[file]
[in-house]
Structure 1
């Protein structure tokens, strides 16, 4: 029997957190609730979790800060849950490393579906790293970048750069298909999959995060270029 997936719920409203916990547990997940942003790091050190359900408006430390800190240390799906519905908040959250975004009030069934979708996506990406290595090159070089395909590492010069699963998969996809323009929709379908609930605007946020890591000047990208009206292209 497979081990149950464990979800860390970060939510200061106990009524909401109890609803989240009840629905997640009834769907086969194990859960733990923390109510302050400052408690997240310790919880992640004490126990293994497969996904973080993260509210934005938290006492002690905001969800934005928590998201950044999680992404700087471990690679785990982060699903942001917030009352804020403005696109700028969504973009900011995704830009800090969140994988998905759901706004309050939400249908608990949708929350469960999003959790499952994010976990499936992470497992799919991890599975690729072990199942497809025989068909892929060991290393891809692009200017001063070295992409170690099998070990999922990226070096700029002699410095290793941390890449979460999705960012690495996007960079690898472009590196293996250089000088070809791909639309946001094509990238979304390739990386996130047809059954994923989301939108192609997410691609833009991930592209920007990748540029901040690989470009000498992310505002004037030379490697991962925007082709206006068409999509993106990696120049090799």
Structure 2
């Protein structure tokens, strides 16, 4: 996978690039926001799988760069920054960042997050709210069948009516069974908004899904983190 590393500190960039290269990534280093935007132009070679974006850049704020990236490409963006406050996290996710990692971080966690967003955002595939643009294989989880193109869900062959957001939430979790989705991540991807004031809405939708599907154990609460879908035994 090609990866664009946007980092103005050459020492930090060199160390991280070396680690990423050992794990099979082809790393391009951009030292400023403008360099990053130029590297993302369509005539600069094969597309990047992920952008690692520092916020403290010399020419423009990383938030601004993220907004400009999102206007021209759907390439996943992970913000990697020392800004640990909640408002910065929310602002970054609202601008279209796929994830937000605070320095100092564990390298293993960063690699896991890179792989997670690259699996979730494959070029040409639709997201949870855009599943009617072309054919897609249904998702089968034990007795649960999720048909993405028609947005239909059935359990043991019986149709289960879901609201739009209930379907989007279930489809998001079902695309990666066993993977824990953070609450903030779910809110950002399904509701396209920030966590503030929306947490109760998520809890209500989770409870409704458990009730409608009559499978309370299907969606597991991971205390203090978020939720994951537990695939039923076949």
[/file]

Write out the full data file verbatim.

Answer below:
[in-house]
Structure 1
């Protein structure tokens, strides 16, 4: 029997957190609730979790800060849950490393579906790293970048750069298909999959995060270029 997936719920409203916990547990997940942003790091050190359900408006430390800190240390799906519905908040959250975004009030069934979708996506990406290595090159070089395909590492010069699963998969996809323009929709379908609930605007946020890591000047990208009206292209 497979081990149950464990979800860390970060939510200061106990009524909401109890609803989240009840629905997640009834769907086969194990859960733990923390109510302050400052408690997240310790919880992640004490126990293994497969996904973080993260509210934005938290006492002690905001969800934005928590998201950044999680992404700087471990690679785990982060699903942001917030009352804020403005696109700028969504973009900011995704830009800090969140994988998905759901706004309050939400249908608990949708929350469960999003959790499952994010976990499936992470497992799919991890599975690729072990199942497809025989068909892929060991290393891809692009200017001063070295992409170690099998070990999922990226070096700029002699410095290793941390890449979460999705960012690495996007960079690898472009590196293996250089000088070809791909639309946001094509990238979304390739990386996130047809059954994923989301939108192609997410691609833009991930592209920007990748540029901040690989470009000498992310505002004037030379490697991962925007082709206006068409999509993106990696120049090799």
Structure 2
């Protein structure tokens, strides 16, 4: 996978690039926001799988760069920054960042997050709210069948009516069974908004899904983190 590393500190960039290269990534280093935007132009070679974006850049704020990236490409963006406050996290996710990692971080966690967003955002595939643009294989989880193109869900062959957001939430979790989705991540991807004031809405939708599907154990609460879908035994 090609990866664009946007980092103005050459020492930090060199160390991280070396680690990423050992794990099979082809790393391009951009030292400023403008360099990053130029590297993302369509005539600069094969597309990047992920952008690692520092916020403290010399020419423009990383938030601004993220907004400009999102206007021209759907390439996943992970913000990697020392800004640990909640408002910065929310602002970054609202601008279209796929994830937000605070320095100092564990390298293993960063690699896991890179792989997670690259699996979730494959070029040409639709997201949870855009599943009617072309054919897609249904998702089968034990007795649960999720048909993405028609947005239909059935359990043991019986149709289960879901609201739009209930379907989007279930489809998001079902695309990666066993993977824990953070609450903030779910809110950002399904509701396209920030966590503030929306947490109760998520809890209500989770409870409704458990009730409608009559499978309370299907969606597991991971205390203090978020939720994951537990695939039923076949």